>>problem, the simple restriction that transactions cannot be larger than
>>has been kept. Therefore the worse-case of block verification time has
>>Regarding the hard-fork activation date, I want to give enough time to
>>active economic nodes to upgrade. As of Fri Mar 31 2017,
>>https://bitnodes.21.co/nodes/ reports that 6332 out of 6955 nodes (91%)
>>have upgraded to post 0.12 versions. Upgrade to post 0.12 versions can
>>used to identify economic active nodes, because in the 0.12 release
>>fees were introduced, and currently no Bitcoin automatic payment system
>>operate without automatic discovery of the current fee rate. A pre-0.12
>>would require constant manual intervention.
>>Therefore I conclude that no more than 91% of the network nodes
>>reported by
>>bitnodes are active economic nodes.
>>As Bitcoin Core 0.12 was released on February 2016, the time for this
>>to upgrade has been around one year (under a moderate pressure of
>>operational problems with unconfirmed transactions).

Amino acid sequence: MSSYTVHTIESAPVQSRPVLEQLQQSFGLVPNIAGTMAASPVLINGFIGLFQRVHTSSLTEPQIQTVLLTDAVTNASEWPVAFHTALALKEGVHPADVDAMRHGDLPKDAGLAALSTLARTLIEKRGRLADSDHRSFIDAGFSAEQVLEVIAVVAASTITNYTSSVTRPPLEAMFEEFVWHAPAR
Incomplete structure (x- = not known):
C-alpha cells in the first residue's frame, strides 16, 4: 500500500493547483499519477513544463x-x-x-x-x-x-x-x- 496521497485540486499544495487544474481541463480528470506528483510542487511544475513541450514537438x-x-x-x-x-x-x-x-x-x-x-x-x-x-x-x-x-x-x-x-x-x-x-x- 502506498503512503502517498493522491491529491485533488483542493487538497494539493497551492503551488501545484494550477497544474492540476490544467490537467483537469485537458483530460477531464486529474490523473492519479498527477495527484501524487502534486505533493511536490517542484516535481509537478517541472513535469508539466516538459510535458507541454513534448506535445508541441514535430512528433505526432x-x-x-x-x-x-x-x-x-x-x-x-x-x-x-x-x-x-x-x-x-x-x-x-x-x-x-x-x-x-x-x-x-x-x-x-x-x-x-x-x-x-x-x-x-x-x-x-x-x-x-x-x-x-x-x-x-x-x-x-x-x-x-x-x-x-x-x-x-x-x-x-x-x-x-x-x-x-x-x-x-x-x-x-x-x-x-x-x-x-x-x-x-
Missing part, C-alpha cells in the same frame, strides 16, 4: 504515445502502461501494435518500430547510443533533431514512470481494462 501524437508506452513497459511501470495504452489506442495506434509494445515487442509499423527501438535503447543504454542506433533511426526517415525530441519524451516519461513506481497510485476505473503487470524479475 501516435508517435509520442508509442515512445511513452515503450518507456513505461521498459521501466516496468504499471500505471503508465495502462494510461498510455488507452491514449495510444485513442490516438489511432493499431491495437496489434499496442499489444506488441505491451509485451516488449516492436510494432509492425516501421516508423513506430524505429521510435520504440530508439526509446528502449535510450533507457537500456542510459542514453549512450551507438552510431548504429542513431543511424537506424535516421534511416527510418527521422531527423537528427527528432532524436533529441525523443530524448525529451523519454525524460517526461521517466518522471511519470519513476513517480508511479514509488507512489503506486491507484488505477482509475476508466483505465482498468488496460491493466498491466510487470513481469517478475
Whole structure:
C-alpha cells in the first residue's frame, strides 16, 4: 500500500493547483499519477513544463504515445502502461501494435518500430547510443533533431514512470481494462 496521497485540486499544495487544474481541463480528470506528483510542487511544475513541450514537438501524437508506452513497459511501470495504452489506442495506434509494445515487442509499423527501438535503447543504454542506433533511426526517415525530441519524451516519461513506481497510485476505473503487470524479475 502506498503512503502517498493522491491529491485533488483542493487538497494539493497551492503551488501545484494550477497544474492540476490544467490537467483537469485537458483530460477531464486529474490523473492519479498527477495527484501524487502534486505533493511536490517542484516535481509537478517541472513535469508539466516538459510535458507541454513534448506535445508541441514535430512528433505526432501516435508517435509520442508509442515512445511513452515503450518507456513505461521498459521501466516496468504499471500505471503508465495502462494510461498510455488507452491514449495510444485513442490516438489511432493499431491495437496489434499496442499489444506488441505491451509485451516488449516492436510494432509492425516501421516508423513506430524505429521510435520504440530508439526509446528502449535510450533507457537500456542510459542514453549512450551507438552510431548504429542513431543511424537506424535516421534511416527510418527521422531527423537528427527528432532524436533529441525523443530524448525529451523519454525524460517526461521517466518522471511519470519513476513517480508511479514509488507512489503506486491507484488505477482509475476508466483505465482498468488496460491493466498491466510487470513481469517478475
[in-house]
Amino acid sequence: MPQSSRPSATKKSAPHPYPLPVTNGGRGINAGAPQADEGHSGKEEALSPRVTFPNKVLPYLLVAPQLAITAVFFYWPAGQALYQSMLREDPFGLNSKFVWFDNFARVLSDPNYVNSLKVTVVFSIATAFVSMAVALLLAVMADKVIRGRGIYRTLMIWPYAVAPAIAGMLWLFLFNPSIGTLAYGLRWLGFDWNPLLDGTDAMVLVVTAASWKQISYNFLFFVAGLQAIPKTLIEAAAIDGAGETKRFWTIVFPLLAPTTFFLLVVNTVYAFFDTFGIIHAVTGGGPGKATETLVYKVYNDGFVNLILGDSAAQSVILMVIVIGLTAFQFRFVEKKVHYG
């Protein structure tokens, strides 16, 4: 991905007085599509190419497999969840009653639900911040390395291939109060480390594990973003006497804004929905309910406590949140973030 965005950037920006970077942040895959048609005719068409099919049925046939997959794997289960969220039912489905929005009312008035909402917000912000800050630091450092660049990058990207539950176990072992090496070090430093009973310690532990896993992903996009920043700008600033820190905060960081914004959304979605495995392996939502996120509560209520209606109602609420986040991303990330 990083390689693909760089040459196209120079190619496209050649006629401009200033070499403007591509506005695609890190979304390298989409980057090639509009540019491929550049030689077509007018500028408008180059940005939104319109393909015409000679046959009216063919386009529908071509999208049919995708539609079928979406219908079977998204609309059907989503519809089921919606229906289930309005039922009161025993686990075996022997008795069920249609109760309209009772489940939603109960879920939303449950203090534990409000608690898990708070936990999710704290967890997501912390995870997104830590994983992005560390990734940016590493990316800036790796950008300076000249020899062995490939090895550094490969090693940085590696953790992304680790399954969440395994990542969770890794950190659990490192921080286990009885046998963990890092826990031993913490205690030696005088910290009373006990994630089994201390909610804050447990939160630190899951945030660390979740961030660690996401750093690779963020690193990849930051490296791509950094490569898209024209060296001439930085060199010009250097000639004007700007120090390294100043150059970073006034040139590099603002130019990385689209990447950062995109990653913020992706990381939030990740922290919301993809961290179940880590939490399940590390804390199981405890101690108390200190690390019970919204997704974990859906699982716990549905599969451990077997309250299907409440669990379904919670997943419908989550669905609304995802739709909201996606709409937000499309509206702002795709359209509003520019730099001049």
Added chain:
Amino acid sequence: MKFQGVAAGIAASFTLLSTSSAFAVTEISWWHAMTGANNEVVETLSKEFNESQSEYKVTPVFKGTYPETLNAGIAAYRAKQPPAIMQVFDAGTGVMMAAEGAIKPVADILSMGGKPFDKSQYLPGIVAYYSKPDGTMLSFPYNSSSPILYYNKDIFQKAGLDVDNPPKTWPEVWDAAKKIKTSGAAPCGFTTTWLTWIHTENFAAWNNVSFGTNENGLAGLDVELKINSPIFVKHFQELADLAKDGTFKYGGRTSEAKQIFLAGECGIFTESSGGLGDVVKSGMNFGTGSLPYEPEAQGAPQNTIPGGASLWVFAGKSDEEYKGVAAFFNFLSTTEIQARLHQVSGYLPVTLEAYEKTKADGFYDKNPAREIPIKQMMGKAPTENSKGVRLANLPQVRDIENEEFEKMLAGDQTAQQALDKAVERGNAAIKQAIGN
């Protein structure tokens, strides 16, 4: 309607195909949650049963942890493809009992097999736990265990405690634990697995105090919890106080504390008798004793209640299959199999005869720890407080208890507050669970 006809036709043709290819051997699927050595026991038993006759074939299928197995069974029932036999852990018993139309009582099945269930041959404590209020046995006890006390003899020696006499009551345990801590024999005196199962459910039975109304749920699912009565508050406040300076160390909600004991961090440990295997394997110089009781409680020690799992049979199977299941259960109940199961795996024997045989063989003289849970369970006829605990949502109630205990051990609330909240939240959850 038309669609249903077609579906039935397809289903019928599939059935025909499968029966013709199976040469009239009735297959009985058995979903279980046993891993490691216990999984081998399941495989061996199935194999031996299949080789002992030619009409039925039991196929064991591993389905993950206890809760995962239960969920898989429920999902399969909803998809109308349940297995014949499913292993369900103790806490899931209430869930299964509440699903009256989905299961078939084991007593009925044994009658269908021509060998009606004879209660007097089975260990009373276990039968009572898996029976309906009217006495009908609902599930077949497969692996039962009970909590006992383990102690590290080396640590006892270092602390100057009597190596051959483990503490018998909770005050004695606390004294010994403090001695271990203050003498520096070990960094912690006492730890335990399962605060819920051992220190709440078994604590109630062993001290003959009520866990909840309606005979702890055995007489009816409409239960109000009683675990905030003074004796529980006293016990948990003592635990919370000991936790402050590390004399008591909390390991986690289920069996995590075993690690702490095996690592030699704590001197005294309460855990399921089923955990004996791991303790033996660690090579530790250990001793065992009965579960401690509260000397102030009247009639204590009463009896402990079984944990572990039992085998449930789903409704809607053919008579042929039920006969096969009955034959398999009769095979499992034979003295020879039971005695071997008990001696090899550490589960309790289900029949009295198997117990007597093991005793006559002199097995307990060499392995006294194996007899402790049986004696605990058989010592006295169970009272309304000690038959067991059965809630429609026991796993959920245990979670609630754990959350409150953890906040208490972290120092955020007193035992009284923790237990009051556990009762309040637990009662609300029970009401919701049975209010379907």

>>Therefore we can expect a similar or lower time to upgrade for a
>>after developers have discussed and approved the patch, and it has been
>>reviewed and merged and 95% of the hashing power has signaled for it
>>pressure not to upgrade being a complete halt of the operations).
>>However I
>>suggest that we discuss the hard-fork date and delay it if there is a
>>need to.
>>Currently time works against the Bitcoin community, and so is delaying
>>compromise solution. Most of the community agree that halting the
>>innovation for several years is a very bad option.
>>After the comments collected by the community, a BIP will be written
>>describing the resulting proposal details.